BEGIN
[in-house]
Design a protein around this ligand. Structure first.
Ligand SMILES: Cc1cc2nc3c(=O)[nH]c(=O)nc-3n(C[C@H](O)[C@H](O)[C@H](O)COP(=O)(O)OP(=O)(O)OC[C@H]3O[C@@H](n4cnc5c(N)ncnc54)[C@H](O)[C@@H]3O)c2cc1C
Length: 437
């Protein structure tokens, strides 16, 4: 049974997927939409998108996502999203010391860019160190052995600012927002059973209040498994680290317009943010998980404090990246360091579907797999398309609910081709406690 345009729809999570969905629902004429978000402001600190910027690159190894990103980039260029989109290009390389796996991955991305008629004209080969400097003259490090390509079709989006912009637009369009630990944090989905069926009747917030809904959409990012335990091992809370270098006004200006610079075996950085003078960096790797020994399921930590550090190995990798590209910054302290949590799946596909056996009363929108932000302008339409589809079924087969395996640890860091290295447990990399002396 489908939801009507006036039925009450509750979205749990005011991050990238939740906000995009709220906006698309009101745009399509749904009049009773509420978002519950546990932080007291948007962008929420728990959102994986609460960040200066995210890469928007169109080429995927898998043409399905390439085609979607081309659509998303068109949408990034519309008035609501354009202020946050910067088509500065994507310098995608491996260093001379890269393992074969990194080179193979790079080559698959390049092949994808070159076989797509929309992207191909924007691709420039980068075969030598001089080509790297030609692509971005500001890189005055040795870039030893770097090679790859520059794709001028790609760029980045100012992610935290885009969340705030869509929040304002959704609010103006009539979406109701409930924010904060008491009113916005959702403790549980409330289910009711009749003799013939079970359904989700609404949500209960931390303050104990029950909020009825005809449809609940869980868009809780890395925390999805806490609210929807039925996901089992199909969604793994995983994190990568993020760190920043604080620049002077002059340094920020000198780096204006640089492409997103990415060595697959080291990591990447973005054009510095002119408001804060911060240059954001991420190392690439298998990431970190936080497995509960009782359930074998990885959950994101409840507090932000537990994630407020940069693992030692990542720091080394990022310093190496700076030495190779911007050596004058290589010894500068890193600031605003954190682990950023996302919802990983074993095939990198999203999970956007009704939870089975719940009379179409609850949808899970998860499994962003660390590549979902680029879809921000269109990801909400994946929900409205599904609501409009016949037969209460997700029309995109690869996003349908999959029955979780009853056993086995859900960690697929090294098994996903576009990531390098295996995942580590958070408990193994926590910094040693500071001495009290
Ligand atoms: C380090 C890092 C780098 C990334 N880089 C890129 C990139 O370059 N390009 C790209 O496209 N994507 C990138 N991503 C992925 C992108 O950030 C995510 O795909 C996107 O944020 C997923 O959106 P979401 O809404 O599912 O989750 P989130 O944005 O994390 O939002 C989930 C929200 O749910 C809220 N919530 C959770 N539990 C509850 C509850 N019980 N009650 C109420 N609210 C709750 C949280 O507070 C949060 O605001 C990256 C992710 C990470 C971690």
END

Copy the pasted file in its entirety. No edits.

[in-house]
Design a protein around this ligand. Structure first.
Ligand SMILES: Cc1cc2nc3c(=O)[nH]c(=O)nc-3n(C[C@H](O)[C@H](O)[C@H](O)COP(=O)(O)OP(=O)(O)OC[C@H]3O[C@@H](n4cnc5c(N)ncnc54)[C@H](O)[C@@H]3O)c2cc1C
Length: 437
């Protein structure tokens, strides 16, 4: 049974997927939409998108996502999203010391860019160190052995600012927002059973209040498994680290317009943010998980404090990246360091579907797999398309609910081709406690 345009729809999570969905629902004429978000402001600190910027690159190894990103980039260029989109290009390389796996991955991305008629004209080969400097003259490090390509079709989006912009637009369009630990944090989905069926009747917030809904959409990012335990091992809370270098006004200006610079075996950085003078960096790797020994399921930590550090190995990798590209910054302290949590799946596909056996009363929108932000302008339409589809079924087969395996640890860091290295447990990399002396 489908939801009507006036039925009450509750979205749990005011991050990238939740906000995009709220906006698309009101745009399509749904009049009773509420978002519950546990932080007291948007962008929420728990959102994986609460960040200066995210890469928007169109080429995927898998043409399905390439085609979607081309659509998303068109949408990034519309008035609501354009202020946050910067088509500065994507310098995608491996260093001379890269393992074969990194080179193979790079080559698959390049092949994808070159076989797509929309992207191909924007691709420039980068075969030598001089080509790297030609692509971005500001890189005055040795870039030893770097090679790859520059794709001028790609760029980045100012992610935290885009969340705030869509929040304002959704609010103006009539979406109701409930924010904060008491009113916005959702403790549980409330289910009711009749003799013939079970359904989700609404949500209960931390303050104990029950909020009825005809449809609940869980868009809780890395925390999805806490609210929807039925996901089992199909969604793994995983994190990568993020760190920043604080620049002077002059340094920020000198780096204006640089492409997103990415060595697959080291990591990447973005054009510095002119408001804060911060240059954001991420190392690439298998990431970190936080497995509960009782359930074998990885959950994101409840507090932000537990994630407020940069693992030692990542720091080394990022310093190496700076030495190779911007050596004058290589010894500068890193600031605003954190682990950023996302919802990983074993095939990198999203999970956007009704939870089975719940009379179409609850949808899970998860499994962003660390590549979902680029879809921000269109990801909400994946929900409205599904609501409009016949037969209460997700029309995109690869996003349908999959029955979780009853056993086995859900960690697929090294098994996903576009990531390098295996995942580590958070408990193994926590910094040693500071001495009290
Ligand atoms: C380090 C890092 C780098 C990334 N880089 C890129 C990139 O370059 N390009 C790209 O496209 N994507 C990138 N991503 C992925 C992108 O950030 C995510 O795909 C996107 O944020 C997923 O959106 P979401 O809404 O599912 O989750 P989130 O944005 O994390 O939002 C989930 C929200 O749910 C809220 N919530 C959770 N539990 C509850 C509850 N019980 N009650 C109420 N609210 C709750 C949280 O507070 C949060 O605001 C990256 C992710 C990470 C971690």